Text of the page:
From New England Patriots Football Weekly
NEW ORLEANS – For the media, the trouble with Super Bowl Week is lies in digging up a meaty story. Afraid that a mindless utterance may wind up as bulletin board fodder for the opposition, most players are careful not to say anything incendiary. So the media, duty-bound to provide a clamoring international public with captivating material during one of the quietest weeks of the year, normally has quite a conundrum on its hands.
What it’s become
Once a quaint public relations gimmick dreamed up by former NFL Commissioner Pete Rozelle, the Super Bowl has blossomed into an international event. TV Guide’s Norman Chad once wrote, “The Super Bowl has become Main Street’s Mardi Gras.” It’s no small wonder, then, that the Crescent City, a place that pulses and shimmers at night, has played host to the Super Bowl a record eight times.
Despite New Orleans – or N’Awlins as it’s called in the local parlance – being the undisputed party capital of the free world, despite the world’s clamoring for more news and new angles, Super Bowl Week is usually a pretty tame affair for those in the news business. Last week, in the shadow of the Superdome, ESPN’s Mike Tirico affirmed this fact, saying, “Most Super Bowl weeks are devoid of significant news.”
That certainly can’t be said when the Patriots are in the Super Bowl. Last week, Boston Globe columnist Will McDonough cited sources claiming that Coach Bill Parcells won’t be back in Foxboro next year. In New Orleans 11 years ago, the day after New England’s only other Super Bowl appearance, the Boston Globe broke a story about rampant drug use among Patriot players. “Here we are doing it all over again,” said longtime Middlesex News columnist Lenny Megliola, a veteran of New England’s Super Bowl XX experience. “Every time the Patriots are involved [in the Super Bowl, the story] is always more than the game.”
Given that a journalist’s currency in trade is news, whether it be good, bad or ugly, the New England media can consider itself lucky. In addition to the post-Super Bowl XX haze that hung over the Patriots, New England writers and broadcasters covered one of the most colorful teams in the history of the Super Bowl: the 1985-’86 Chicago Bears.
Self-styled punk quarterback Jim McMahon – who was back in the big game as a backup to Green Bay’s Brett Favre this year – mooned a helicopter hovering over Chicago’s New Orleans practice facility in ’86. When the team wasn’t busy shooting the “Super Bowl Shuffle” rap video, defensive lineman William “The Refrigerator” Perry was lining up as a running back in goal-line situations; Coach Mike Ditka and combative Defensive Coordinator Buddy Ryan were fuming; and McMahon was making a weekly statement with his headband.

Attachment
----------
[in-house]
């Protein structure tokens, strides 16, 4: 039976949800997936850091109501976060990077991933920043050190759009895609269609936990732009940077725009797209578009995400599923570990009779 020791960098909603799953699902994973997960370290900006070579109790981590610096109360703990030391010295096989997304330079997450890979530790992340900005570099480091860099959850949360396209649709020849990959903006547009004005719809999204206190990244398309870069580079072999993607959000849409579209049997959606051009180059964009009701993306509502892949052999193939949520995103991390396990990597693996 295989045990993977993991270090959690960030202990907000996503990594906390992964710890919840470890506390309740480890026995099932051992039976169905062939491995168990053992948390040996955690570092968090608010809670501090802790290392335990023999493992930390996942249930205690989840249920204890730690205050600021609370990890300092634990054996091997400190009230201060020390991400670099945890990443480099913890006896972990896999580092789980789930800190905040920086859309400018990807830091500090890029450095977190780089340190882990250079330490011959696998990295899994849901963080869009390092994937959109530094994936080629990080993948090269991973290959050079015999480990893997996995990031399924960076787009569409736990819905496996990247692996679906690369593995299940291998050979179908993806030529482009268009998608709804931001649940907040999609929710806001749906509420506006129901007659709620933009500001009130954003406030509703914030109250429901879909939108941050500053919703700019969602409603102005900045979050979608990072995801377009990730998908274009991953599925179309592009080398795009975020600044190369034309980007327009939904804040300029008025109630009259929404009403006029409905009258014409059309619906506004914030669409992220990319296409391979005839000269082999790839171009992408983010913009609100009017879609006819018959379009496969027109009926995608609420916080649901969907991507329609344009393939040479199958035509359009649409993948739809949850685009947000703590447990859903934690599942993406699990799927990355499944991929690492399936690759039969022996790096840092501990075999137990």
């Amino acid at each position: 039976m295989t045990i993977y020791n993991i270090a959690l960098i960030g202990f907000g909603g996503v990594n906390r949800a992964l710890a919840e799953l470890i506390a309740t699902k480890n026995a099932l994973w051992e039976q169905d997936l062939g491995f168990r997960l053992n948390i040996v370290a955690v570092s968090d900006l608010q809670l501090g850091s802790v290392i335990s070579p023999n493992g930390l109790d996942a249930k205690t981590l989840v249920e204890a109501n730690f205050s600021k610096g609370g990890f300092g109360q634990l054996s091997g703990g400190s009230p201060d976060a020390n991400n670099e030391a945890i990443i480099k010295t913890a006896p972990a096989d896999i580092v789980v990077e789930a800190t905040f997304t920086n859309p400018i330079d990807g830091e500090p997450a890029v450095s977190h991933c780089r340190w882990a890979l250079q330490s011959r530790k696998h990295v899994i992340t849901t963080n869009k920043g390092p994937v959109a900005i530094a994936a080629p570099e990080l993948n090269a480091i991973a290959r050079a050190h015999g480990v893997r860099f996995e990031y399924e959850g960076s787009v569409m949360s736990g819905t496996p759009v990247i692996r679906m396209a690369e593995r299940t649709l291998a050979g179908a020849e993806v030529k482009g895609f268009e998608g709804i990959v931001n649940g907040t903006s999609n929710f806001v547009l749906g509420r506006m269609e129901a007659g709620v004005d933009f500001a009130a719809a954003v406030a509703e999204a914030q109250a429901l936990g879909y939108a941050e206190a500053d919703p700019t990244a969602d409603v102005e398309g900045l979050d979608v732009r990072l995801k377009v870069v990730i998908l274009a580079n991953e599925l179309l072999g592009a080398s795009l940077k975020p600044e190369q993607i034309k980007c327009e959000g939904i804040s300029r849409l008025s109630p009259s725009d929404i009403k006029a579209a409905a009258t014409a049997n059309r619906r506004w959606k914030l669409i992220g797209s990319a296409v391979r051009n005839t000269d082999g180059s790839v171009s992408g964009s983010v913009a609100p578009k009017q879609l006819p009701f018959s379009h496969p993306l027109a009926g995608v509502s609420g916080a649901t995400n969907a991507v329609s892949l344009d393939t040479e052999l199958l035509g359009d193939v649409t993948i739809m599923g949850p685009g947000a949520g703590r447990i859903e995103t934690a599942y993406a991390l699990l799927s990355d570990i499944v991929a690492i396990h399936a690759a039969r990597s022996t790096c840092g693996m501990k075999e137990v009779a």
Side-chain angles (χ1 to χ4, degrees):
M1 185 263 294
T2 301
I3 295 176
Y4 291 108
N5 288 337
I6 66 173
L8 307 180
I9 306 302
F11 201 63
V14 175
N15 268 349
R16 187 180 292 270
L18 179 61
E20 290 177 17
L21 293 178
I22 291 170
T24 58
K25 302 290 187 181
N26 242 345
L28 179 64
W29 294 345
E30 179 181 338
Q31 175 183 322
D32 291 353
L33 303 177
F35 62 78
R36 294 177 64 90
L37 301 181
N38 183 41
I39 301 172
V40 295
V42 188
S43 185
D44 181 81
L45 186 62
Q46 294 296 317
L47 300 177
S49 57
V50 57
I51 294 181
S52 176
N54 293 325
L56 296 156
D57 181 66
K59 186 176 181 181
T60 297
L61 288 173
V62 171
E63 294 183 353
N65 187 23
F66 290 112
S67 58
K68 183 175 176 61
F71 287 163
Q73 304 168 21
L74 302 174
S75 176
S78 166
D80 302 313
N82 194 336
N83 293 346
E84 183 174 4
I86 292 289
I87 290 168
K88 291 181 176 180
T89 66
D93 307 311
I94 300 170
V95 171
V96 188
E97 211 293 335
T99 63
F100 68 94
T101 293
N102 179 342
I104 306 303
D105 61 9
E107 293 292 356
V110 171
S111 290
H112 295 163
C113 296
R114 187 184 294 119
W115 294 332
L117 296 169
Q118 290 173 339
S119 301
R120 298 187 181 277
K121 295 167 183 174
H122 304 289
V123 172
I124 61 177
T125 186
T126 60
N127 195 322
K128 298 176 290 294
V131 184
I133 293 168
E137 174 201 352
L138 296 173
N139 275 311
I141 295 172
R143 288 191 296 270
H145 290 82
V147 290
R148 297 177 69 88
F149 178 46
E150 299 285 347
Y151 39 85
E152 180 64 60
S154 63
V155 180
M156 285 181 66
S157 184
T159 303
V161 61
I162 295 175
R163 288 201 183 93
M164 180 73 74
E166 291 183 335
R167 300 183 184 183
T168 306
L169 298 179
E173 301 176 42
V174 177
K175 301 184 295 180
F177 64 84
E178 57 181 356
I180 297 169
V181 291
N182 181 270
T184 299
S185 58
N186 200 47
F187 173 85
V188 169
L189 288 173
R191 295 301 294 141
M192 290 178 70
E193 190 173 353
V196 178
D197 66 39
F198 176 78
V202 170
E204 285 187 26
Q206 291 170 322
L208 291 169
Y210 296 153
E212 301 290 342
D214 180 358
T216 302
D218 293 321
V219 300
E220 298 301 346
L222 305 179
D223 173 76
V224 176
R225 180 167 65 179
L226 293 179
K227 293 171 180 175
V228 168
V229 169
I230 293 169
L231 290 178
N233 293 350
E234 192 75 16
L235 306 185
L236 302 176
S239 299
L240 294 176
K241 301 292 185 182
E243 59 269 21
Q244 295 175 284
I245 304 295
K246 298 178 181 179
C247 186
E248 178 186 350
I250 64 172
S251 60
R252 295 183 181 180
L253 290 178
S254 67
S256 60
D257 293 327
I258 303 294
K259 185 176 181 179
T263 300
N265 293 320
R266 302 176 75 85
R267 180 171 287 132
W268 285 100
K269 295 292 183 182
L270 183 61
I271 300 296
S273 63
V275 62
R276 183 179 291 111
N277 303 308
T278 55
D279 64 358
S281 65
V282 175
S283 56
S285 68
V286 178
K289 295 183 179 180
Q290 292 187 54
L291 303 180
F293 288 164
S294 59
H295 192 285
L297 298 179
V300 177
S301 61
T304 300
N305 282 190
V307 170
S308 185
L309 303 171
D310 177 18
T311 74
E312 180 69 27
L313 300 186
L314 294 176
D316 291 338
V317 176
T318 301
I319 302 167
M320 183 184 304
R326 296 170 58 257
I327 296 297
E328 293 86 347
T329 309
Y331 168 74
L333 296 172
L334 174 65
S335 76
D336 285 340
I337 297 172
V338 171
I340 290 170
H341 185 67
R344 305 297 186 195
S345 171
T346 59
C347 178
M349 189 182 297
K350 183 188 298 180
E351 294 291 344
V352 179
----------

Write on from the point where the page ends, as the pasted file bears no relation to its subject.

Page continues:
“That was a terrific team,” confirmed Megliola. “Some of the plotlines included [linebacker Mike] Singletary and Buddy Ryan’s “46” defense, and the schism on that team where Ryan and Ditka didn’t get along. In fact, I think they both got carried off the field that day, which is unusual.”
It was an unusual ending to an unusually news-filled week in January 1986. But Super Bowl XX and last week were the rare exception to what normally amounts to a super-boring week. During Super Bowl Week, the NFL doles out news on a per diem basis, spoon-feeding an international media contingent that often swells beyond 2,200 members.
“The NFL basically manages the news,” said Dan Shaughnessy, a Boston Globe columnist. “Everybody gets the same stuff. There’s not a lot of prowling around and getting scoops. It’s very difficult unless you’ve got inside sources. You saw that with McDonough in the Globe.”
According to Shaughnessy, covering a Super Bowl when the Patriots aren’t involved is uncomplicated. The writer shows up, represents the newspaper and writes stories that all but a few die-hard fans ignore. “That’s not that hard,” he said. “It’s light lifting, by my measure.”
But when the home team earns a berth in the big game, the journalist’s life becomes a wee bit hectic. “There’s more pressure to come up with something different, to do well,” said Shaughnessy, who covered two Super Bowls involving the Dallas Cowboys in the past four years. “There’s tremendous interest on the part of your hometown readers, so you really want to have a good week.
“Part of the challenge comes from having so many [Globe] people here and spreading it around,” he added. “We’re involved in that each day: Who’s going to cover what? We want to make sure we have total coverage, but not overlap.”